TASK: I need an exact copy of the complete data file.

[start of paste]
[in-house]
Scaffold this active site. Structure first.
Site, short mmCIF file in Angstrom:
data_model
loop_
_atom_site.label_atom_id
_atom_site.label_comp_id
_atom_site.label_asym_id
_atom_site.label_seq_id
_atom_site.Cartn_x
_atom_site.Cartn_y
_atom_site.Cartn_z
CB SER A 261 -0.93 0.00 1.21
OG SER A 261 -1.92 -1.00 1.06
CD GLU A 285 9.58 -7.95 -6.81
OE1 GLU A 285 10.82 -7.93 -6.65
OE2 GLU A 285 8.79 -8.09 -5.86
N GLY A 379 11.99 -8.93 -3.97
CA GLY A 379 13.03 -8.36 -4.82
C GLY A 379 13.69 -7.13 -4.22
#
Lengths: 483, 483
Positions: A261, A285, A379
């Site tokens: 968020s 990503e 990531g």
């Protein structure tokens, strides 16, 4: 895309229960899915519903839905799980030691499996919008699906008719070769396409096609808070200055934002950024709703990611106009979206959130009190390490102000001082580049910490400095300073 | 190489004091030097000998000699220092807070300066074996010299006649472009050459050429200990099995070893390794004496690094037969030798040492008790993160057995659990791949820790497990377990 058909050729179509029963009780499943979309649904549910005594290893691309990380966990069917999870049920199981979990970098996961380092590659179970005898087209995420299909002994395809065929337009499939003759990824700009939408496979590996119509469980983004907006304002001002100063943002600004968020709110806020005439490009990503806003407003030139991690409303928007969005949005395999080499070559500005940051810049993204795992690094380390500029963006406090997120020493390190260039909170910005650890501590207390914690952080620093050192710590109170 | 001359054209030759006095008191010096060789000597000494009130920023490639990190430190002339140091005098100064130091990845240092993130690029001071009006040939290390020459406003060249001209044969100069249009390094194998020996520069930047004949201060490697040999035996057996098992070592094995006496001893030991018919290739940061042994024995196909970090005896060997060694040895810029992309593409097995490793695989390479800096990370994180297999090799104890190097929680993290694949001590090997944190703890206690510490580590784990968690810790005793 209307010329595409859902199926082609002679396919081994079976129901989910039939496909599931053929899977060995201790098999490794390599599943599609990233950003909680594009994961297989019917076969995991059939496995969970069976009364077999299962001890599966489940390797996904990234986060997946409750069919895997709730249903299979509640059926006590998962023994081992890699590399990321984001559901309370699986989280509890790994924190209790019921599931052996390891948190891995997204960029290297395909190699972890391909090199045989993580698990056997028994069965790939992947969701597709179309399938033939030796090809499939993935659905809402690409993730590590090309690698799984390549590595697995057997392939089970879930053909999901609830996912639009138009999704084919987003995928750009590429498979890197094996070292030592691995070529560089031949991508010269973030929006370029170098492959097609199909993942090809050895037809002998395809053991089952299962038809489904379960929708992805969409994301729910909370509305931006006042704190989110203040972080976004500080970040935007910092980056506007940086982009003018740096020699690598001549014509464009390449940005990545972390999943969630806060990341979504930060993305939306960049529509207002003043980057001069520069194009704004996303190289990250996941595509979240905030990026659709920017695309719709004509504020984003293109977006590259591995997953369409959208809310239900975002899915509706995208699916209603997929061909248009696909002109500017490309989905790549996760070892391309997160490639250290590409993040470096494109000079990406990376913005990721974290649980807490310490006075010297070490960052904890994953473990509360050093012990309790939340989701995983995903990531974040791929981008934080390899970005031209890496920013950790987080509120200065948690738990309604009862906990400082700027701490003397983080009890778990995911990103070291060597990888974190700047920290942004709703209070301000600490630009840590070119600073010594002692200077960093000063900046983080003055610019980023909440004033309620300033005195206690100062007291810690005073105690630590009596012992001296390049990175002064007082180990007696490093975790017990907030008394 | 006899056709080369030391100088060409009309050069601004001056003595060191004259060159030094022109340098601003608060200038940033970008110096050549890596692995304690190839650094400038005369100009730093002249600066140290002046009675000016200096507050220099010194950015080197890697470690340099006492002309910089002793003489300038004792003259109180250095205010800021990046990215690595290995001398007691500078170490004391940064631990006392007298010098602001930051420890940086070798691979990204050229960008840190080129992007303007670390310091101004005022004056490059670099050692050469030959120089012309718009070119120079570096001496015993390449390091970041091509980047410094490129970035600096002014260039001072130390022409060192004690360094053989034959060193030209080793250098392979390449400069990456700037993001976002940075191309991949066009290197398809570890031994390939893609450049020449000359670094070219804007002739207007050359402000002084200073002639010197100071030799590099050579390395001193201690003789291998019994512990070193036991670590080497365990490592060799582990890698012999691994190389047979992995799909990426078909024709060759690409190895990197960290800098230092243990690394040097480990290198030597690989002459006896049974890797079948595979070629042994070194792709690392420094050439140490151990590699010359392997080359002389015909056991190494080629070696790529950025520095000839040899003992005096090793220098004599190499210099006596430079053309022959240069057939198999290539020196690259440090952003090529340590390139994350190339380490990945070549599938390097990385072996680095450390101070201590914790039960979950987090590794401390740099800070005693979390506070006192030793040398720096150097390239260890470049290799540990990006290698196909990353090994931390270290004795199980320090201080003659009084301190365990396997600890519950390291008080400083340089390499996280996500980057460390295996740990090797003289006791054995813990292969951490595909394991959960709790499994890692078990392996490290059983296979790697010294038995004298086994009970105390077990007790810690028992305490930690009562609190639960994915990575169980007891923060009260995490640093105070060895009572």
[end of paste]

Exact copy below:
[in-house]
Scaffold this active site. Structure first.
Site, short mmCIF file in Angstrom:
data_model
loop_
_atom_site.label_atom_id
_atom_site.label_comp_id
_atom_site.label_asym_id
_atom_site.label_seq_id
_atom_site.Cartn_x
_atom_site.Cartn_y
_atom_site.Cartn_z
CB SER A 261 -0.93 0.00 1.21
OG SER A 261 -1.92 -1.00 1.06
CD GLU A 285 9.58 -7.95 -6.81
OE1 GLU A 285 10.82 -7.93 -6.65
OE2 GLU A 285 8.79 -8.09 -5.86
N GLY A 379 11.99 -8.93 -3.97
CA GLY A 379 13.03 -8.36 -4.82
C GLY A 379 13.69 -7.13 -4.22
#
Lengths: 483, 483
Positions: A261, A285, A379
């Site tokens: 968020s 990503e 990531g």
């Protein structure tokens, strides 16, 4: 895309229960899915519903839905799980030691499996919008699906008719070769396409096609808070200055934002950024709703990611106009979206959130009190390490102000001082580049910490400095300073 | 190489004091030097000998000699220092807070300066074996010299006649472009050459050429200990099995070893390794004496690094037969030798040492008790993160057995659990791949820790497990377990 058909050729179509029963009780499943979309649904549910005594290893691309990380966990069917999870049920199981979990970098996961380092590659179970005898087209995420299909002994395809065929337009499939003759990824700009939408496979590996119509469980983004907006304002001002100063943002600004968020709110806020005439490009990503806003407003030139991690409303928007969005949005395999080499070559500005940051810049993204795992690094380390500029963006406090997120020493390190260039909170910005650890501590207390914690952080620093050192710590109170 | 001359054209030759006095008191010096060789000597000494009130920023490639990190430190002339140091005098100064130091990845240092993130690029001071009006040939290390020459406003060249001209044969100069249009390094194998020996520069930047004949201060490697040999035996057996098992070592094995006496001893030991018919290739940061042994024995196909970090005896060997060694040895810029992309593409097995490793695989390479800096990370994180297999090799104890190097929680993290694949001590090997944190703890206690510490580590784990968690810790005793 209307010329595409859902199926082609002679396919081994079976129901989910039939496909599931053929899977060995201790098999490794390599599943599609990233950003909680594009994961297989019917076969995991059939496995969970069976009364077999299962001890599966489940390797996904990234986060997946409750069919895997709730249903299979509640059926006590998962023994081992890699590399990321984001559901309370699986989280509890790994924190209790019921599931052996390891948190891995997204960029290297395909190699972890391909090199045989993580698990056997028994069965790939992947969701597709179309399938033939030796090809499939993935659905809402690409993730590590090309690698799984390549590595697995057997392939089970879930053909999901609830996912639009138009999704084919987003995928750009590429498979890197094996070292030592691995070529560089031949991508010269973030929006370029170098492959097609199909993942090809050895037809002998395809053991089952299962038809489904379960929708992805969409994301729910909370509305931006006042704190989110203040972080976004500080970040935007910092980056506007940086982009003018740096020699690598001549014509464009390449940005990545972390999943969630806060990341979504930060993305939306960049529509207002003043980057001069520069194009704004996303190289990250996941595509979240905030990026659709920017695309719709004509504020984003293109977006590259591995997953369409959208809310239900975002899915509706995208699916209603997929061909248009696909002109500017490309989905790549996760070892391309997160490639250290590409993040470096494109000079990406990376913005990721974290649980807490310490006075010297070490960052904890994953473990509360050093012990309790939340989701995983995903990531974040791929981008934080390899970005031209890496920013950790987080509120200065948690738990309604009862906990400082700027701490003397983080009890778990995911990103070291060597990888974190700047920290942004709703209070301000600490630009840590070119600073010594002692200077960093000063900046983080003055610019980023909440004033309620300033005195206690100062007291810690005073105690630590009596012992001296390049990175002064007082180990007696490093975790017990907030008394 | 006899056709080369030391100088060409009309050069601004001056003595060191004259060159030094022109340098601003608060200038940033970008110096050549890596692995304690190839650094400038005369100009730093002249600066140290002046009675000016200096507050220099010194950015080197890697470690340099006492002309910089002793003489300038004792003259109180250095205010800021990046990215690595290995001398007691500078170490004391940064631990006392007298010098602001930051420890940086070798691979990204050229960008840190080129992007303007670390310091101004005022004056490059670099050692050469030959120089012309718009070119120079570096001496015993390449390091970041091509980047410094490129970035600096002014260039001072130390022409060192004690360094053989034959060193030209080793250098392979390449400069990456700037993001976002940075191309991949066009290197398809570890031994390939893609450049020449000359670094070219804007002739207007050359402000002084200073002639010197100071030799590099050579390395001193201690003789291998019994512990070193036991670590080497365990490592060799582990890698012999691994190389047979992995799909990426078909024709060759690409190895990197960290800098230092243990690394040097480990290198030597690989002459006896049974890797079948595979070629042994070194792709690392420094050439140490151990590699010359392997080359002389015909056991190494080629070696790529950025520095000839040899003992005096090793220098004599190499210099006596430079053309022959240069057939198999290539020196690259440090952003090529340590390139994350190339380490990945070549599938390097990385072996680095450390101070201590914790039960979950987090590794401390740099800070005693979390506070006192030793040398720096150097390239260890470049290799540990990006290698196909990353090994931390270290004795199980320090201080003659009084301190365990396997600890519950390291008080400083340089390499996280996500980057460390295996740990090797003289006791054995813990292969951490595909394991959960709790499994890692078990392996490290059983296979790697010294038995004298086994009970105390077990007790810690028992305490930690009562609190639960994915990575169980007891923060009260995490640093105070060895009572």